Koala Conservation Policy Process: Appraisal and Recommendations
Clark, TW, Mazur, N, Cork, SJ, Dovers, S & Harding, R 1999, Conservation Biology, vol. 14, no. 3, pp. 681-690.
The conservation of koalas depends upon adequate, comprehensive policies that can be easily adapted to suit ‘best practices’ in regions with koala populations. Without an effective decision-making and planning process, koala populations may experience an overall decline. This study critically analyses current processes of developing and implementing koala conservation policies in terms of overall success and functionality.
Despite a general agreement of the national significance of the koala and potential threats to the species’ survival, there is controversy regarding the success and viability of koala conservation policies. The major policy problems highlighted by this study include: an overall lack of policy specificity; conflicting opinions about the technical detail of data; inadequate mechanisms for dealing with scientific uncertainty; a lack of attention paid to social and economic values as well as the public’s attitude towards koalas and habitat protection, and; no or inadequate mechanisms for policy learning. Overall, these problems make it difficult to develop and implement effective policies that meaningfully protect koalas.
The authors identify functions of the current decision-making model that will require improvement to enhance the success of policies for koala conservation. Firstly, the intelligence that informs the conservation of koala populations lacks necessary social science perspectives and is often not directly relevant to policy applications. Secondly, policy promotion and debate are often biased by strong opinions or special interests, often leading to an unhelpful emphasis on community conflict in the media. Third, the prescription of rules, guidelines and sanctions for behaviour is often unclear and lacking in specificity. Fourth, the implementation of conservation policies often leads to outcomes of inconsistent effectiveness, potentially because of a policy being implemented differently than intended by the intelligence, promotion and prescription stages. Finally, policy appraisal processes, if conducted at all, are typically adversarial in nature and focus predominantly on technical concerns with implementation rather than assessing the entire policy process. Finally, ineffective policies are often difficult to terminate.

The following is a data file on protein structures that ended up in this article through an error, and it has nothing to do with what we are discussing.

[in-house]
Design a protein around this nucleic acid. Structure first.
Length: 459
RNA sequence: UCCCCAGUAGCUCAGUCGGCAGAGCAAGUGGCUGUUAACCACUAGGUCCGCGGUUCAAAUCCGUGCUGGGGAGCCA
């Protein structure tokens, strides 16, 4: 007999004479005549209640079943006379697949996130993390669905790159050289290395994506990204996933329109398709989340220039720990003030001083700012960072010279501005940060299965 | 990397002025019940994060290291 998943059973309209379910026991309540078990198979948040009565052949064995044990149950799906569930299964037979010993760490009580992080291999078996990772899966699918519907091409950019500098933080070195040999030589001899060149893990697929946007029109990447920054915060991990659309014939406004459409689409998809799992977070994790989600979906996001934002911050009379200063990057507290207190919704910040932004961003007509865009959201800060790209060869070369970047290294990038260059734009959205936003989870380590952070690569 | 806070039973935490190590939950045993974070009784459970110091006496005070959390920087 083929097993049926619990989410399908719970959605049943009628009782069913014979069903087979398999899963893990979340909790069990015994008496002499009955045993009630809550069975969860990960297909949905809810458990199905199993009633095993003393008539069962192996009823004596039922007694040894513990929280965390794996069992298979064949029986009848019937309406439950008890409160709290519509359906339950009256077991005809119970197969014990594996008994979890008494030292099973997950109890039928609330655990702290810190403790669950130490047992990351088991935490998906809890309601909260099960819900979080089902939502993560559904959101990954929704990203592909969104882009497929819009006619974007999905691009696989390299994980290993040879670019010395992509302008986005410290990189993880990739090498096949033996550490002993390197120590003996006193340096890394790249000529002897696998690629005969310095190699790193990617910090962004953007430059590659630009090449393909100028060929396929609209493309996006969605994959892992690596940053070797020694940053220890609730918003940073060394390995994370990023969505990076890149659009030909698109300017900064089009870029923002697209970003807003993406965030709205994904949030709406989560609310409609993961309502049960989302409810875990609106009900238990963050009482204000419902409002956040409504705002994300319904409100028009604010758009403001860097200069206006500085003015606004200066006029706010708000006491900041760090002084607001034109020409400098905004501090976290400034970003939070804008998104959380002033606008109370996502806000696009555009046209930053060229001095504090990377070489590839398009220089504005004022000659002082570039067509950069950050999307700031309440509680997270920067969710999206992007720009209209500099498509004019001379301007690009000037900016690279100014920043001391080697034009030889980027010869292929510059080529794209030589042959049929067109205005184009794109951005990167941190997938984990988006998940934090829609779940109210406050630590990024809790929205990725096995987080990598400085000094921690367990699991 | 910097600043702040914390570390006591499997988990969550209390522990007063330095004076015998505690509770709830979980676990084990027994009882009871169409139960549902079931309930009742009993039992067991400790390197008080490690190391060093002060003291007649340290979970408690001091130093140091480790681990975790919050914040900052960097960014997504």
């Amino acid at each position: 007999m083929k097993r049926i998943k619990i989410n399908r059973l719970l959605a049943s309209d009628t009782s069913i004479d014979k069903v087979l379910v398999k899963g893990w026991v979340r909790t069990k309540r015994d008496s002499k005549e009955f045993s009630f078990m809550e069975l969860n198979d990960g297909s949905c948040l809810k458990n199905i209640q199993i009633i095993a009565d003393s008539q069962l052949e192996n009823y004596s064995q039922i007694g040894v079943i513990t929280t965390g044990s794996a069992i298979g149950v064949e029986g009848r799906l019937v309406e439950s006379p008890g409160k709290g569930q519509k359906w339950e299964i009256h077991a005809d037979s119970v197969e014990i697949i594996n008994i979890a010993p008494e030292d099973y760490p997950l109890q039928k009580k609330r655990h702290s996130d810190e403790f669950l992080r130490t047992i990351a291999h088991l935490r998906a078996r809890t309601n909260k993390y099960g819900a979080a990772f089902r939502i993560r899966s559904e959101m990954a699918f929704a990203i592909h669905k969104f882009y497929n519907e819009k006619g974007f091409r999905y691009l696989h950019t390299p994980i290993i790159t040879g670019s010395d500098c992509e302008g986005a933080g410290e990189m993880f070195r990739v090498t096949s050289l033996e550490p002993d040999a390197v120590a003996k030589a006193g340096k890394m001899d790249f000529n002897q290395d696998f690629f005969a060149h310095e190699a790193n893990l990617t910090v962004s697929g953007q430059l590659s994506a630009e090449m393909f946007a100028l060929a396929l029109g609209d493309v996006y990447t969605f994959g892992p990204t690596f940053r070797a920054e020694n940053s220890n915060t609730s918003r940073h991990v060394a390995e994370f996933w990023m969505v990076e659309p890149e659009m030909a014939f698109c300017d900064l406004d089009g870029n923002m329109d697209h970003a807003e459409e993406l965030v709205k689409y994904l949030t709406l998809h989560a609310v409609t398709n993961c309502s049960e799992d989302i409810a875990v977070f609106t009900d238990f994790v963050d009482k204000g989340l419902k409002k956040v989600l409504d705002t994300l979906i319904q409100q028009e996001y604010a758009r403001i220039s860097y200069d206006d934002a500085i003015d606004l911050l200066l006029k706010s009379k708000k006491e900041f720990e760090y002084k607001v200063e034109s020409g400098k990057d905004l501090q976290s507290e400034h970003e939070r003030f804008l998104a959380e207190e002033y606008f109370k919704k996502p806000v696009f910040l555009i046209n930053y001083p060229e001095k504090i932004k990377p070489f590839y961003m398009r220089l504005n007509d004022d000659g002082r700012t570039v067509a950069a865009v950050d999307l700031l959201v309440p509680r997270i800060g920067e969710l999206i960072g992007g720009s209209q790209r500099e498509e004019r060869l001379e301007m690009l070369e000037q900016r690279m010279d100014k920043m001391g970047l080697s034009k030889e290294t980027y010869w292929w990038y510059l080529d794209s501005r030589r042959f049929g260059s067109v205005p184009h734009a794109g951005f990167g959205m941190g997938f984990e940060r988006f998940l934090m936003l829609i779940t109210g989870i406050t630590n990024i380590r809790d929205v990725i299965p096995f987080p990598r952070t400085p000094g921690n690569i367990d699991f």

The authors suggest a three-part strategy to improve the policy-making process. This involves firstly clearly outlining conservation efforts that have been proven to benefit koala populations based on sound scientific data. Similar efforts should then be implemented widely, however adapted to suit individual. Lastly, opportunities for success should be supported politically and guidelines for ‘best practice’ standards in koala conservation be developed to continue the conservation of the species over the long term.
Summarised by Robyn Boldy
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